10-7 The Nature of Leadership Servant leaders leader who has a strong desire to serve and work for the benefit of others shares power with followers strives to ensure that followers’ most important needs are met
10-8 Discussion Question What culture has the most effective leadership style? A. Japanese B. European C. United States D. Middle Eastern
10-9 Leadership Across Cultures Leadership styles may vary among different countries or cultures European managers tend to be more people- oriented than American or Japanese managers Japanese managers are group-oriented, while U.S managers focuses more on profitability Time horizons also are affected by cultures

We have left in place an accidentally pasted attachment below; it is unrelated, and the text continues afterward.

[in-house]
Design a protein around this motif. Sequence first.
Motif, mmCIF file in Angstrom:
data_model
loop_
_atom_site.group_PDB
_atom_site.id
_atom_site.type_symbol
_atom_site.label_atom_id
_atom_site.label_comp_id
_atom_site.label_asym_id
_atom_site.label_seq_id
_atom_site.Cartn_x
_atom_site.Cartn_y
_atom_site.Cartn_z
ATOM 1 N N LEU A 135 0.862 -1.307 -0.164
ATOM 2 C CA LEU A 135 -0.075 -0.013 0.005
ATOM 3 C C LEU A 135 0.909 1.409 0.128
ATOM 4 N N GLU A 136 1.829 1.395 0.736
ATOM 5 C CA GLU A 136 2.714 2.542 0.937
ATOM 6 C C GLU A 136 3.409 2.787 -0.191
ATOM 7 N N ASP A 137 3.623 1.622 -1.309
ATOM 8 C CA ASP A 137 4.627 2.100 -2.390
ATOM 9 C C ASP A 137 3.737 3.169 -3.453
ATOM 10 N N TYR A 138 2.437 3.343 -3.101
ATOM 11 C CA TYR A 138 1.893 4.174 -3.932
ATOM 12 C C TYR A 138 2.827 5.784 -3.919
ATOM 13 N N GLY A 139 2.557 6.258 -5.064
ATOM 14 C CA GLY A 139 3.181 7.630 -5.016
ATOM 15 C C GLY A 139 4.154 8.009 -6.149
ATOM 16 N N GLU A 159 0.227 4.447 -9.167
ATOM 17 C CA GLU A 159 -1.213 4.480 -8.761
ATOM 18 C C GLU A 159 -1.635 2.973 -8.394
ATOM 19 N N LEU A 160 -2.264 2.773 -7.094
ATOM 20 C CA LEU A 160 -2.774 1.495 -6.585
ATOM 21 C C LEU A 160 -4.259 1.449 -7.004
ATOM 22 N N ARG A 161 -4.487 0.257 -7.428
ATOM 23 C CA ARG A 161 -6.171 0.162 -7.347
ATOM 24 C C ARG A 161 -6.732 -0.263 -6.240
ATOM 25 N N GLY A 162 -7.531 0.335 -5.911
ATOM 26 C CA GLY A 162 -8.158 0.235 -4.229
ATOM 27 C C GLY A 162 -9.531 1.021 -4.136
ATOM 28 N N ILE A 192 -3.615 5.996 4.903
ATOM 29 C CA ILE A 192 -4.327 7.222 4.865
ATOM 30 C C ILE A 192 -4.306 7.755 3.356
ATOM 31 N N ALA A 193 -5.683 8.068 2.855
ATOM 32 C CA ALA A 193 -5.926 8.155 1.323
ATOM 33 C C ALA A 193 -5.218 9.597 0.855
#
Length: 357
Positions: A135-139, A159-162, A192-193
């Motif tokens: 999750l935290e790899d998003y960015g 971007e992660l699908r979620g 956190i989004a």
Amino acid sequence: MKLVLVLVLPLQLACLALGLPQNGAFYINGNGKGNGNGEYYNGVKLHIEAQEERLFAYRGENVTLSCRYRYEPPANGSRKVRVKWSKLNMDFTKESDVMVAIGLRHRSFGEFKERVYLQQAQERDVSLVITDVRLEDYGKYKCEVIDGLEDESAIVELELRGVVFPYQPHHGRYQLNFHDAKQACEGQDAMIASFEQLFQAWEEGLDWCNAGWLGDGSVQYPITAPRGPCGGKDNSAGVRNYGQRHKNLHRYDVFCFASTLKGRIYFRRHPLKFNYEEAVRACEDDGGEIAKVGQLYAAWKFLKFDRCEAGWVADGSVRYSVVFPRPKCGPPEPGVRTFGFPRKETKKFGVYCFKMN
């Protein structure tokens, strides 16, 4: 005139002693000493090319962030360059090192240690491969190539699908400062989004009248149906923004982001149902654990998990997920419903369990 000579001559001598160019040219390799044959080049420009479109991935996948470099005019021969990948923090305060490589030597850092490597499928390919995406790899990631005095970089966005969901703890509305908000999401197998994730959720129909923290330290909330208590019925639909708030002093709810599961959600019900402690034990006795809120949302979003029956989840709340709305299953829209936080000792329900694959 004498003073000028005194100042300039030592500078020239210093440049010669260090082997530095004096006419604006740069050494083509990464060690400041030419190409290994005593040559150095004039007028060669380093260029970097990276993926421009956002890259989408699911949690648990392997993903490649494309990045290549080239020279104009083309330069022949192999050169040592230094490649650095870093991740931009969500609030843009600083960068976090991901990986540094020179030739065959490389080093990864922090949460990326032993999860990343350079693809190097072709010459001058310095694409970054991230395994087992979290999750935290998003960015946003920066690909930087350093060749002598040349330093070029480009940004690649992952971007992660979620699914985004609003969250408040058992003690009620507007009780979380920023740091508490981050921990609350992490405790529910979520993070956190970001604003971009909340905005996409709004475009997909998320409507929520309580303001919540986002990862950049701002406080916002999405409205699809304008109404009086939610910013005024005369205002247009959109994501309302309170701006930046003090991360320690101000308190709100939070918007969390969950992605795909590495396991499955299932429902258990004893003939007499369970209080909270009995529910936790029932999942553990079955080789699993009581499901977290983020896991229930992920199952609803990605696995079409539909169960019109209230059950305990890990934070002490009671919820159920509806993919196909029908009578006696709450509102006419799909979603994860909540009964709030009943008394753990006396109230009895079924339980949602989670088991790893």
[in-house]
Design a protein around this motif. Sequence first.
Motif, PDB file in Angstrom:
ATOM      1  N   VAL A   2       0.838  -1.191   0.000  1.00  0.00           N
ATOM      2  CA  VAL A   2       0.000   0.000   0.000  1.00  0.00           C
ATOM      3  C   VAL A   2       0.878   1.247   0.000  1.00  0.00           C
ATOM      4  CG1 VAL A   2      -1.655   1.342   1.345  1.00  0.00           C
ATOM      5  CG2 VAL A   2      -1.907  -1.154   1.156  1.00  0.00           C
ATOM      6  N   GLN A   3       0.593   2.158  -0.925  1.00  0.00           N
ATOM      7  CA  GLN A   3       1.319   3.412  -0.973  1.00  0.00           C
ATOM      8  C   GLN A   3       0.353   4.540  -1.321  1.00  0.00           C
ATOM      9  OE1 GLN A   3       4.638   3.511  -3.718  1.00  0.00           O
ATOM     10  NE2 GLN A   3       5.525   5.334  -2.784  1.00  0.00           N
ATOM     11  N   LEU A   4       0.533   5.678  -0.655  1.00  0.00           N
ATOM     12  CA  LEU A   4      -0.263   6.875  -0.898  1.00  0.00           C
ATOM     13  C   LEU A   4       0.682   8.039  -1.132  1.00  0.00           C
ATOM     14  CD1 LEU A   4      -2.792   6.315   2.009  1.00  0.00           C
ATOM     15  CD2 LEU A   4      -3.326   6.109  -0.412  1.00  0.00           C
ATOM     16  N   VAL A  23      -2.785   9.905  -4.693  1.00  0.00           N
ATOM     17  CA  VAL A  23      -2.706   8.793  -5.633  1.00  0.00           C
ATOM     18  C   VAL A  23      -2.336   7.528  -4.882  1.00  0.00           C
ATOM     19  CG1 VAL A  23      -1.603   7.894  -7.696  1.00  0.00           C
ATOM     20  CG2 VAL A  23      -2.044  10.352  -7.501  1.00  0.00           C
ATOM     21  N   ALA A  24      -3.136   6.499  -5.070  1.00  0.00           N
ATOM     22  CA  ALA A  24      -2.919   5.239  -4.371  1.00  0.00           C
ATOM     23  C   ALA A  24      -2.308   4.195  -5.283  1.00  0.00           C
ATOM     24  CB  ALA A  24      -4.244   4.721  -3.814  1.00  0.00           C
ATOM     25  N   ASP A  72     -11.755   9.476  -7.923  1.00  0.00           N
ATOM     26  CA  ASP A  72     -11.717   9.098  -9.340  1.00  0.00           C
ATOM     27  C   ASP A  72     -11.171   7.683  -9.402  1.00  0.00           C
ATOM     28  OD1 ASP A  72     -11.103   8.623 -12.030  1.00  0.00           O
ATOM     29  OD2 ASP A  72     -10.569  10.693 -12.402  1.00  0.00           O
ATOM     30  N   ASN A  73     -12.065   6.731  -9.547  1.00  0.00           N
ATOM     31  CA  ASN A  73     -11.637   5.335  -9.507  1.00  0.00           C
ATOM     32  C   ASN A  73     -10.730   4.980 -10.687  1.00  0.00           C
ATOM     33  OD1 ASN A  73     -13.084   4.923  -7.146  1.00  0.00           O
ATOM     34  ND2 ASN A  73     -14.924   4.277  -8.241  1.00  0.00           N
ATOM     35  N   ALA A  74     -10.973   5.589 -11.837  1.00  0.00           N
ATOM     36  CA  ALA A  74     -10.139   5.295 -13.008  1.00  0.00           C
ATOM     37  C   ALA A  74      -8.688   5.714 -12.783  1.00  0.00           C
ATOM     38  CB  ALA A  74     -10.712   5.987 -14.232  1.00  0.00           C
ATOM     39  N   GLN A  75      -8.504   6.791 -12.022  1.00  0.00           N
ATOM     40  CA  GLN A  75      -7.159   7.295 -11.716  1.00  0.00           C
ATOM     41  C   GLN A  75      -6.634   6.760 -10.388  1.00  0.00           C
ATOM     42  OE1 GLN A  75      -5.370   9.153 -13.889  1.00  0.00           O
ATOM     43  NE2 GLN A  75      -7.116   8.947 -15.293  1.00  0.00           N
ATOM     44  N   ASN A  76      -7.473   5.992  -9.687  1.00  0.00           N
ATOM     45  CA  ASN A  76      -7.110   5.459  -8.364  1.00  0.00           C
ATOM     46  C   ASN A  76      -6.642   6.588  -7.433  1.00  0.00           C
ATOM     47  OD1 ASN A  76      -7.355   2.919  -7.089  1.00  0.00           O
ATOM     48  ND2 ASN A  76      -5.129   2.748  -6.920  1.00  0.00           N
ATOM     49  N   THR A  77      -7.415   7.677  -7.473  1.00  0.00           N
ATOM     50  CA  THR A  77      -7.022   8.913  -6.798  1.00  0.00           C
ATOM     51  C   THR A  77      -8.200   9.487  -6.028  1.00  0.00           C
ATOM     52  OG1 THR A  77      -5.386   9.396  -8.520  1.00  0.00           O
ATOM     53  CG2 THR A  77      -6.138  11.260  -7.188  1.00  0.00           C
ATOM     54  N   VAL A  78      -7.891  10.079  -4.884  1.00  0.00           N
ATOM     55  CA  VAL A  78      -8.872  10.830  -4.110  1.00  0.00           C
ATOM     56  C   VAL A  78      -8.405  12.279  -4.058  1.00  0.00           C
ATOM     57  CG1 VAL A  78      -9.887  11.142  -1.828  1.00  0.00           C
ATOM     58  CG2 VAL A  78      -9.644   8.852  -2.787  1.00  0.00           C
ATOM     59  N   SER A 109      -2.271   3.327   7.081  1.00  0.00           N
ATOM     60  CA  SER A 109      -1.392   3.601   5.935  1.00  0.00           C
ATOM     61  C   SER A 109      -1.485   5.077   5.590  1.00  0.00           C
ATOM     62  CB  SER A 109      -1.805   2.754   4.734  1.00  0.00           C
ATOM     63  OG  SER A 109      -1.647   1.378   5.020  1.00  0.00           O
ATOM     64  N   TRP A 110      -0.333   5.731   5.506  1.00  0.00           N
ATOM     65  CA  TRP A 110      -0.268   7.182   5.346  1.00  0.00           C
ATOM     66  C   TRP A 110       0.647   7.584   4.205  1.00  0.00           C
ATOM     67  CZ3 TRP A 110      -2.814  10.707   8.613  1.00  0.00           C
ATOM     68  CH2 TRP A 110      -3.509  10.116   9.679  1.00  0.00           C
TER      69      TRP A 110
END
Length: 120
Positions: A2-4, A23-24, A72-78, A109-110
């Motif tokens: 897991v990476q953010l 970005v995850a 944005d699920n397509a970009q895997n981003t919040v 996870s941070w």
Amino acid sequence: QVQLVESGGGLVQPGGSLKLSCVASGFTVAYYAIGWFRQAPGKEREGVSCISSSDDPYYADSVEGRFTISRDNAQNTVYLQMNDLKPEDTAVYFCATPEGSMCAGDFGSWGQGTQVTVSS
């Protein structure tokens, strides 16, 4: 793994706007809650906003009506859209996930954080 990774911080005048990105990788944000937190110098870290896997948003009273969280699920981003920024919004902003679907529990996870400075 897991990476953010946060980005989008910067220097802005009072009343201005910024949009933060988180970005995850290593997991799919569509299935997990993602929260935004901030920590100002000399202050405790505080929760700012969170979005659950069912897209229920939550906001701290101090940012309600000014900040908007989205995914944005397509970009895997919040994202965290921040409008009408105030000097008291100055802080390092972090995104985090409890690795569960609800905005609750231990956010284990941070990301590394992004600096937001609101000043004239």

10-10 Sources of Managerial Power Figure 10.1
10-11 Question? What type of power is the ability of a manager to give or withhold tangible and intangible rewards? A. Reward B. Coercive C. Expert D. Legitimate
10-12 Power: The Key to Leadership Legitimate Power The authority that a manager has by virtue of his or her position in an organizational hierarchy Reward Power The ability of a manager to give or withhold tangible and intangible rewards
10-13 Power: The Key to Leadership Coercive Power The ability of a manager to punish others Expert Power Power that is based on special knowledge, skills, and expertise that a leader possesses
10-14 Power: The Key to Leadership Referent Power Power that comes from subordinates’ and coworkers’ respect, admiration, and loyalty.